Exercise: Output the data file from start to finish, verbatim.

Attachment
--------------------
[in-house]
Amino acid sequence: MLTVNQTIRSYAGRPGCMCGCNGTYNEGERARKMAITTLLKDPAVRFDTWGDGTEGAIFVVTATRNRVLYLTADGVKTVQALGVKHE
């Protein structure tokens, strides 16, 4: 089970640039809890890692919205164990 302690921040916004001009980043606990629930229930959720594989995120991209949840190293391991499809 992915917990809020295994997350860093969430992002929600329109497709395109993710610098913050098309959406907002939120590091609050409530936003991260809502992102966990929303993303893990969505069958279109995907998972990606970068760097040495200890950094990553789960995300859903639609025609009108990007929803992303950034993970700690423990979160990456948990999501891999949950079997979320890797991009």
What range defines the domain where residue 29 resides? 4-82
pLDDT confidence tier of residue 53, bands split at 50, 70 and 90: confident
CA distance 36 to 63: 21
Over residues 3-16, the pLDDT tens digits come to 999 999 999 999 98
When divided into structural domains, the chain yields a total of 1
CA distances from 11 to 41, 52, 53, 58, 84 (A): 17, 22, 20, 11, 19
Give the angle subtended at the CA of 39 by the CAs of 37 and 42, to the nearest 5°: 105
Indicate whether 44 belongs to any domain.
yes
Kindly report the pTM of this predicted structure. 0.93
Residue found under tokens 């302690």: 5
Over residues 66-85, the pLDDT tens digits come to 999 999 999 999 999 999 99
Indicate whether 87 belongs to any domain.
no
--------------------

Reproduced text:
[in-house]
Amino acid sequence: MLTVNQTIRSYAGRPGCMCGCNGTYNEGERARKMAITTLLKDPAVRFDTWGDGTEGAIFVVTATRNRVLYLTADGVKTVQALGVKHE
């Protein structure tokens, strides 16, 4: 089970640039809890890692919205164990 302690921040916004001009980043606990629930229930959720594989995120991209949840190293391991499809 992915917990809020295994997350860093969430992002929600329109497709395109993710610098913050098309959406907002939120590091609050409530936003991260809502992102966990929303993303893990969505069958279109995907998972990606970068760097040495200890950094990553789960995300859903639609025609009108990007929803992303950034993970700690423990979160990456948990999501891999949950079997979320890797991009």
What range defines the domain where residue 29 resides? 4-82
pLDDT confidence tier of residue 53, bands split at 50, 70 and 90: confident
CA distance 36 to 63: 21
Over residues 3-16, the pLDDT tens digits come to 999 999 999 999 98
When divided into structural domains, the chain yields a total of 1
CA distances from 11 to 41, 52, 53, 58, 84 (A): 17, 22, 20, 11, 19
Give the angle subtended at the CA of 39 by the CAs of 37 and 42, to the nearest 5°: 105
Indicate whether 44 belongs to any domain.
yes
Kindly report the pTM of this predicted structure. 0.93
Residue found under tokens 């302690």: 5
Over residues 66-85, the pLDDT tens digits come to 999 999 999 999 999 999 99
Indicate whether 87 belongs to any domain.
no